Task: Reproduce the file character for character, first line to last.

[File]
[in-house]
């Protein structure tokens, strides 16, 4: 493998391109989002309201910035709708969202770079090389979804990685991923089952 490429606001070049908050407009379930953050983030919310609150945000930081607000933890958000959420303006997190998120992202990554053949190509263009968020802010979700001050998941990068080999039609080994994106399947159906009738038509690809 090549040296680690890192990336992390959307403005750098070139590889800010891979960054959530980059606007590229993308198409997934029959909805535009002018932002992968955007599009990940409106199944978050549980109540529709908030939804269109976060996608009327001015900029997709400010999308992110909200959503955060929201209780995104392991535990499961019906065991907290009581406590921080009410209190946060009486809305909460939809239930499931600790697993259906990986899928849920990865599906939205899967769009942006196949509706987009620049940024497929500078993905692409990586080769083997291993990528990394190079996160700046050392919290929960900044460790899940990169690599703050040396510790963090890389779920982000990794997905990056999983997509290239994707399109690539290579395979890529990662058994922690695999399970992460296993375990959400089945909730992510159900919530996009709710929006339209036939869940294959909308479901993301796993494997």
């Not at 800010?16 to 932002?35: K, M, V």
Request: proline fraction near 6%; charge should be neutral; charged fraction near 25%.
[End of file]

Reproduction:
[in-house]
């Protein structure tokens, strides 16, 4: 493998391109989002309201910035709708969202770079090389979804990685991923089952 490429606001070049908050407009379930953050983030919310609150945000930081607000933890958000959420303006997190998120992202990554053949190509263009968020802010979700001050998941990068080999039609080994994106399947159906009738038509690809 090549040296680690890192990336992390959307403005750098070139590889800010891979960054959530980059606007590229993308198409997934029959909805535009002018932002992968955007599009990940409106199944978050549980109540529709908030939804269109976060996608009327001015900029997709400010999308992110909200959503955060929201209780995104392991535990499961019906065991907290009581406590921080009410209190946060009486809305909460939809239930499931600790697993259906990986899928849920990865599906939205899967769009942006196949509706987009620049940024497929500078993905692409990586080769083997291993990528990394190079996160700046050392919290929960900044460790899940990169690599703050040396510790963090890389779920982000990794997905990056999983997509290239994707399109690539290579395979890529990662058994922690695999399970992460296993375990959400089945909730992510159900919530996009709710929006339209036939869940294959909308479901993301796993494997």
């Not at 800010?16 to 932002?35: K, M, V």
Request: proline fraction near 6%; charge should be neutral; charged fraction near 25%.